Monday, 25 June 2007
Tramtracks of Milan
In Post-war Britain the tram was everywhere enthusiastically eliminated from the city streets. It was felt that streets cleansed of trams would be greatly enhanced by the presence of buses with the ability to roam at will, unconfined by the need for tracks embedded in the roadway. Victorian and Edwardian city centres were demolished to create a contemporary framework for the free movement of traffic. Decades of industrial decline were to follow, while countries that retained their trams, such as Germany and Switzerland continued to enjoy great prosperity.
Half a century after Britain was purged of trams, the citizens of Milan (world capital of the fashion industry) are served by an extensive network of trams, many of which, externally at least, are more than 80 years old. I suppose I could have done more advance research but, while exploring the great Cathedral of Shopping, the Galleria, I was astonished to catch distant glimpses of trams similar in appearance to those seen and treasured in American vintage postcards.
There are, of course, those who have made these trams the subject of exhaustive study and a detailed account (with many wonderful photographs) can be read by clicking here. From this source we learn that these are American style trams known as “Peter Witts” and date from the late 1920’s. Their external appearance has been carefully maintained in original condition though they have been updated mechanically within the last 20 years. They certainly make a strong impression as they glide through narrow cobbled streets between substantial stone built 19th. century facades. To English eyes it’s almost like witnessing a theatrical recreation of the great industrial cities of Victorian England, of which Sheffield might be the best example. My wife can claim a personal connection with the world of trams, as her maternal grandfather was a carpenter employed by the City of Sheffield to repair and refurbish the interiors of the city’s trams. He was privileged to be an invited guest on the last tram journey when the network closed in 1960.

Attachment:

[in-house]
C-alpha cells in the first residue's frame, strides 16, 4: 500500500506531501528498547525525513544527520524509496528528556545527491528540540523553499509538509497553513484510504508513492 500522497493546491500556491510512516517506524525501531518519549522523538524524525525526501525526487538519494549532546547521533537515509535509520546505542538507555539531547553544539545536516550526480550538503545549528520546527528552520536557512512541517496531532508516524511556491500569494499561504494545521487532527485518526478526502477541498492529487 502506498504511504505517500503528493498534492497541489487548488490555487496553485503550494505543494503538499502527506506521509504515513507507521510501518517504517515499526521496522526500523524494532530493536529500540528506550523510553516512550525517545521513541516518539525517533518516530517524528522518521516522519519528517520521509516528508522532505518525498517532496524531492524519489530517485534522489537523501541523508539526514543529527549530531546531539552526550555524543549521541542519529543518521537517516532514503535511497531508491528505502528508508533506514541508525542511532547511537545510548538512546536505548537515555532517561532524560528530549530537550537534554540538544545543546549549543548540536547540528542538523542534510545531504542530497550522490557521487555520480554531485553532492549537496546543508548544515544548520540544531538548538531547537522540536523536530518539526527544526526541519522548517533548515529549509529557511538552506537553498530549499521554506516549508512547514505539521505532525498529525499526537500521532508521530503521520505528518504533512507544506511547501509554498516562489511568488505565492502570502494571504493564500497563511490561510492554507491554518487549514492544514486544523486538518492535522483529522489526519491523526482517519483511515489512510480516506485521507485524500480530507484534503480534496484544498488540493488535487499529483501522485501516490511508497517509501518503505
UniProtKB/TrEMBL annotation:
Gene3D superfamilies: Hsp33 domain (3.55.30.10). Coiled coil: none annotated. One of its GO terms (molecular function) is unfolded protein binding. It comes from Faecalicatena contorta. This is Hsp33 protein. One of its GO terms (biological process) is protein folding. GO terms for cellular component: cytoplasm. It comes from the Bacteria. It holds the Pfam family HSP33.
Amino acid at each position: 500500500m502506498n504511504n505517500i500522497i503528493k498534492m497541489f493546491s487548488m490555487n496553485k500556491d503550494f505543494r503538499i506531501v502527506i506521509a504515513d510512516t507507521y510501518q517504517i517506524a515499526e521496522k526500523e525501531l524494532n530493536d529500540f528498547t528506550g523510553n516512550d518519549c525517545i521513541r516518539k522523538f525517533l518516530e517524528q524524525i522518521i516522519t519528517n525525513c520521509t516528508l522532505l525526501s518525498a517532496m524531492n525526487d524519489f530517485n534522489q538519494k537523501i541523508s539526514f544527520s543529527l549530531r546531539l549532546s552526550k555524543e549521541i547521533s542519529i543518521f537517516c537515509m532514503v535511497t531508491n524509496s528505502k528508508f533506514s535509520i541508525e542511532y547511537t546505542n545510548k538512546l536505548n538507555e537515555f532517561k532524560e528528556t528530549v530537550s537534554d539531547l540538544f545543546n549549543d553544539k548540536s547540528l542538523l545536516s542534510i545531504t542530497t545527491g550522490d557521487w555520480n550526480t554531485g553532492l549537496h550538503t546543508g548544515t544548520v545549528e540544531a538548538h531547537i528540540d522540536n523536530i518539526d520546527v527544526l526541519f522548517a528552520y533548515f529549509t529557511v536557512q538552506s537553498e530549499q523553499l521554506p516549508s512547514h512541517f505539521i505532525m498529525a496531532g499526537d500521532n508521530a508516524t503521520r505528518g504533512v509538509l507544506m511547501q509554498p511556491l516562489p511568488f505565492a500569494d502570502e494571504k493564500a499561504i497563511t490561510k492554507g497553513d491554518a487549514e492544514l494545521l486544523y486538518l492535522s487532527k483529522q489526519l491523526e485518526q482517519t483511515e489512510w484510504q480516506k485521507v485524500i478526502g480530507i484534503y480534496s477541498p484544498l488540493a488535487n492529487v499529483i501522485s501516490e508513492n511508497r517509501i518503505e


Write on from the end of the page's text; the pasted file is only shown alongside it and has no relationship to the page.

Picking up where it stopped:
Trams have played their part in the development of the visual arts. It was a Mexico City tram that almost caused the premature death of Frida Kahlo and Paul Delvaux’s obsession with the mystery of trams has been already noted in this space. Trams feature prominently in the Moscow photography of Rodchenko and in Dziga Vertov’s film “Man with a Movie Camera”. There is an epic tram ride in Murnau’s film “Sunrise”. The German painters of Die Neue Sachlichkeit had trams in the blood – Gustav Wunderwald, Rudolf Dischinger, Hanns Kralik, Max Radler, Wilhelm Heise, Nikolaus Braun all employed images of trams to animate the city streets or as emblems of suburban ennui.
Our last picture dramatically illustrates the perils of crossing the street in front of a tram whilst reading a newspaper. Evasive action on the part of the driver is impossible. On the left, a man in a Borsalino hat takes full advantage of the situation to press his attentions upon a shapely young female while the young woman on the right has formed the belief that the vehicle can be stopped by an outstretched hand! The face of the driver takes on the appearance of a Francis Bacon painting as he contemplates the unfolding tragedy. This hugely entertaining image comes from a series of cards (of which there will be more to come) given away with Lavazza coffee in the 1950’s to promote road safety.